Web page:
And he says the IRS has known about the problem for years.
George has repeatedly warned the IRS that additional child tax credits are being abused by undocumented workers. In 2009, his office released an audit report that showed ITIN tax filers received about $1 billion in additional child tax credits. Last year, the inspector general released a new report showing the problem now costs American tax payers more than $4.2 billion.
"Keep in mind, we're talking $4 billion per year," he said. "It's very troubling."
What George finds even more troubling is the IRS has not taken action despite multiple warnings from the inspector general.
"Millions of people are seeking this tax credit who, we believe, are not entitled to it," said the inspector general. "We have made recommendations to [IRS] as to how they could address this, and they have not taken sufficient action in our view to solve the problem."
Other information obtained from the TIGTA audits include:
* Claims for additional child tax credits by ITIN filers have skyrocketed during the past decade, from $161 million in 2001 to $4.2 billion in tax year 2010.
* Undocumented workers filed 3.02 million tax returns in 2010. 72% of those returns (2.18 million) claimed the additional child tax credit.
* In 2010, the IRS owed undocumented workers more in claimed additional child tax credits than it collected from those workers in taxes.
Agency responds - sort of
What does the IRS have to say about all this?
The agency sent a statement, defending its policy of paying tax credits to illegal immigrants.
"The law has been clear for over a decade that eligibility for these credits does not depend on work authorization status or the type of taxpayer identification number used. Any suggestion that the IRS shouldn't be paying out these credits under current law to ITIN holders is simply incorrect. The IRS administers the law impartially and applies it as it is written," the statement said.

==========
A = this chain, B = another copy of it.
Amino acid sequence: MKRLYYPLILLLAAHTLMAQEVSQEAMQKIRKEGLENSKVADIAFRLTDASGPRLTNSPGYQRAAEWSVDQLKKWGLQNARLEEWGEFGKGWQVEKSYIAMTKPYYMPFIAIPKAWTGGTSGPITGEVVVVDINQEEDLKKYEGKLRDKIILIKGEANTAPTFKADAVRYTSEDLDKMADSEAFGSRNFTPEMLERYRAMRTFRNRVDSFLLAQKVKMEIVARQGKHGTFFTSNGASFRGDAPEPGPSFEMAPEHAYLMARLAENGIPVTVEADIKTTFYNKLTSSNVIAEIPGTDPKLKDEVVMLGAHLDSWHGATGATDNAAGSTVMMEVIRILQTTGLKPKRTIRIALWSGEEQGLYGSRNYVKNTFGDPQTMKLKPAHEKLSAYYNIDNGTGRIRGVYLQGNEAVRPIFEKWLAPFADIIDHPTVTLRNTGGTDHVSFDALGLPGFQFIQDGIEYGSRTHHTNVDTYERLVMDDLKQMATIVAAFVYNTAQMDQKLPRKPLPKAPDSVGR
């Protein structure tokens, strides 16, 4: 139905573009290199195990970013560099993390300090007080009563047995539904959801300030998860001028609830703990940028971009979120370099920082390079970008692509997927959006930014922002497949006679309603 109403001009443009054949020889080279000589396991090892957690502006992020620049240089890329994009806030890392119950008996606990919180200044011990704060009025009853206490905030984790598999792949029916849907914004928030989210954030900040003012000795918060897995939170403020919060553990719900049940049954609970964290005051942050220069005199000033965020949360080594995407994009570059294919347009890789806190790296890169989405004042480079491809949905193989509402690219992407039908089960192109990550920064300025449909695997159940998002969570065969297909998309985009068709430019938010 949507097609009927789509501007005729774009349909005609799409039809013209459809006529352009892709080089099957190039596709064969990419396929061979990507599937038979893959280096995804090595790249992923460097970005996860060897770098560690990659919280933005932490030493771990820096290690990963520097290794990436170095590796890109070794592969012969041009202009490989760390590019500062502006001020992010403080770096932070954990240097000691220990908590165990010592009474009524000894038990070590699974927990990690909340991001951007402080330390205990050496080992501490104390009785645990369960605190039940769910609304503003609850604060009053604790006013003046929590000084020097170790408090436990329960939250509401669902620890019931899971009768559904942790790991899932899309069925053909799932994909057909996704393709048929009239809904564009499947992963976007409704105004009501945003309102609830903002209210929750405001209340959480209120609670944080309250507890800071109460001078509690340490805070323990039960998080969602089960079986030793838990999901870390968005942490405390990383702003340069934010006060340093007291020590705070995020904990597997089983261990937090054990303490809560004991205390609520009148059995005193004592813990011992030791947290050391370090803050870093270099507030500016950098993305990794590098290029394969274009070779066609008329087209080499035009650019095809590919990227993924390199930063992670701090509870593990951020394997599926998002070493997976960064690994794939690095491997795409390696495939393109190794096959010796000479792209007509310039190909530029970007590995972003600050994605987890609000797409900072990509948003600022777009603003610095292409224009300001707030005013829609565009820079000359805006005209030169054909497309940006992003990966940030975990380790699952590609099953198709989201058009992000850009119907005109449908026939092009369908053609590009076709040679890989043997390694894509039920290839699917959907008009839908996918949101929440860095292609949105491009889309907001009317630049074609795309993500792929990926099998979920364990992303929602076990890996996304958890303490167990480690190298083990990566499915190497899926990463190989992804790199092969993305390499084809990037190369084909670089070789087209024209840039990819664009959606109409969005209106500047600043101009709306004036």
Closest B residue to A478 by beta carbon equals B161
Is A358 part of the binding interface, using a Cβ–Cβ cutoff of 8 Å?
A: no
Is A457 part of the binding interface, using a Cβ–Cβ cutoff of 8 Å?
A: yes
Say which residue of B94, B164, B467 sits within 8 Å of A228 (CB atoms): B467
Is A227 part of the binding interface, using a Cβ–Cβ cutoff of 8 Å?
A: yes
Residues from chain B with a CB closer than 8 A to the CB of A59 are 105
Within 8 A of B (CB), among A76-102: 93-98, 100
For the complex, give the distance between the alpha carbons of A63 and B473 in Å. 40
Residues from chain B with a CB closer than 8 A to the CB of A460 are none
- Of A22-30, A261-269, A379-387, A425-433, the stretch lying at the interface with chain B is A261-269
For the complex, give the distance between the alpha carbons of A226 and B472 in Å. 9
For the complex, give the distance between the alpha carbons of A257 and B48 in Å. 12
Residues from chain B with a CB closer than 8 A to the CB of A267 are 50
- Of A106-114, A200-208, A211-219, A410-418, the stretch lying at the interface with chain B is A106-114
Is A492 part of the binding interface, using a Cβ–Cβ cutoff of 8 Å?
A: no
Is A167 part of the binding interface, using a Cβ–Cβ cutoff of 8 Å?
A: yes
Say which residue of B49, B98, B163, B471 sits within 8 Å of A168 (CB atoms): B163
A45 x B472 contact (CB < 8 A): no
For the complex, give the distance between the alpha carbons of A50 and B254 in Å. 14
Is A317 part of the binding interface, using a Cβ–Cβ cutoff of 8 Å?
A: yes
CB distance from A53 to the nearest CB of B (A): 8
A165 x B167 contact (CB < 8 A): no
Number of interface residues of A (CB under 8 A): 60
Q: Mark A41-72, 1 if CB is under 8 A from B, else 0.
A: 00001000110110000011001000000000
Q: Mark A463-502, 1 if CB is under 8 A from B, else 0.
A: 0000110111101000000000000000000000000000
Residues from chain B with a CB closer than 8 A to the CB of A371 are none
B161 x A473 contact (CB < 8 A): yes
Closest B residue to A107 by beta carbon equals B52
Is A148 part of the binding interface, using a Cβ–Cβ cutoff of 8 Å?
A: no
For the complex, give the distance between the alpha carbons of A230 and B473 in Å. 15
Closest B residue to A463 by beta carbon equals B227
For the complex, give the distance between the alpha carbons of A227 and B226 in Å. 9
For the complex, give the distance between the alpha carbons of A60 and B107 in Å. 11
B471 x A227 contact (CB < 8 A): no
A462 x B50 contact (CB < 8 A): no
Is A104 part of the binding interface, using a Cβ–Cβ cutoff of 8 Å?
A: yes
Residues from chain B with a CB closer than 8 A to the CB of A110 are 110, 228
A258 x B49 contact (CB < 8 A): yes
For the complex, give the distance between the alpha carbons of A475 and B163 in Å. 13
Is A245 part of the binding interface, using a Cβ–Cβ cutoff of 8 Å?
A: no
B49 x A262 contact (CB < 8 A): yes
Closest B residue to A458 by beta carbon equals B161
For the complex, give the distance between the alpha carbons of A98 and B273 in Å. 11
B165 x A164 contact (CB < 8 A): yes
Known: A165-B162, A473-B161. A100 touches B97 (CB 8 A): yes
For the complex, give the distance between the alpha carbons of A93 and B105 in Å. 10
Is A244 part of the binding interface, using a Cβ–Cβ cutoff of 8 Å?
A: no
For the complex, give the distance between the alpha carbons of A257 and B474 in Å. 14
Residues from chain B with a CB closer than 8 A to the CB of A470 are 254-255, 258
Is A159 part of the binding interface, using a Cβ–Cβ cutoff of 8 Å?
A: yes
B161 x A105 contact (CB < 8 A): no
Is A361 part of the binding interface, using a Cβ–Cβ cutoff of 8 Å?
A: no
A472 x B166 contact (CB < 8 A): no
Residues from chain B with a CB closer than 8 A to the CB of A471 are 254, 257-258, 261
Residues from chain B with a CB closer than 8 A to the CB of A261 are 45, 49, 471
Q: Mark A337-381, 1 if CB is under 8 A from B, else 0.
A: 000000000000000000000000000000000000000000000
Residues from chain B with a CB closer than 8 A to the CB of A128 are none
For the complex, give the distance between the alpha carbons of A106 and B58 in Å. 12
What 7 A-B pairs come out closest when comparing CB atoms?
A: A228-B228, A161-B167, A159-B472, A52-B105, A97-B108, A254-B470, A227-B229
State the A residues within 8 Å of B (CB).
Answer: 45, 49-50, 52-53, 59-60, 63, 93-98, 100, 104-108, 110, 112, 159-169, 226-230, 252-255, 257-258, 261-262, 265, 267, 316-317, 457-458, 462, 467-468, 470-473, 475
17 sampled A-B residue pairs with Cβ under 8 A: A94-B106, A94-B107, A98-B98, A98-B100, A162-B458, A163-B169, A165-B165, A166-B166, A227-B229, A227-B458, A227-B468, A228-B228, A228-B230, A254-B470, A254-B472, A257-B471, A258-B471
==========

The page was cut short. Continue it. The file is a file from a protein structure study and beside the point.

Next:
George disagrees with that position and believes the IRS should be doing more to prevent undocumented workers from getting billions in US tax dollars.
"The IRS is not doing something as simple as requesting sufficient documentation from people seeking this credit," he said. "Once the money goes out the door, it's nearly impossible for the IRS to get it back."
Over the past month, WTHR has tried to ask the IRS more questions about its efforts to prevent abuse involving additional child tax credits.
Despite repeated phone calls, e-mails and a visit to IRS headquarters in Washington, the agency said none of its 100,000 employees had time to meet with 13 Investigates for an interview. An IRS spokeswoman said all staff were too busy because of the tax filing deadline in mid-April.
Apparently, the IRS doesn't have time to respond to some tax preparers, either.
Last year, whistleblowers noticed dozens of undocumented workers had used phony documents and false income to claim tax credits. He reported all of it to the IRS.
"These were fraudulent, 100% fraudulent tax returns, but I got no response; absolutely none. We never heard a thing," he said. "To me, it's clear the IRS is letting this happen."
The IRS says it can do nothing to change the current system unless it gets permission from Congress. In other words, according to the IRS, closing the loophole would require lawmakers to pass a new law specifically excluding illegal immigrants from claiming additional child tax credits.
The big questions now: Is Congress willing to do that?
Full statement to WTHR from the Internal Revenue Service:
The law has been clear for over a decade that eligibility for these credits does not depend on work authorization status or the type of taxpayer identification number used. Any suggestion that the IRS shouldn't be paying out these credits under current law to ITIN holders is simply incorrect. The IRS administers the law impartially and applies it as it is written. If the law were changed, the IRS would change its programs accordingly. The IRS disagrees with TIGTA's recommendation on requiring additional documentation to verify child credit claims. As TIGTA acknowledges in this report, the IRS does not currently have the legal authority to verify and disallow the Child Tax Credit and the Additional Child Tax Credit during return processing simply because of the lack of documentation. The IRS has procedures in place specifically for the evaluation of questionable credit claims early in the processing stream and prior to issuance of a refund. The IRS continues to work to refine and improve our processes.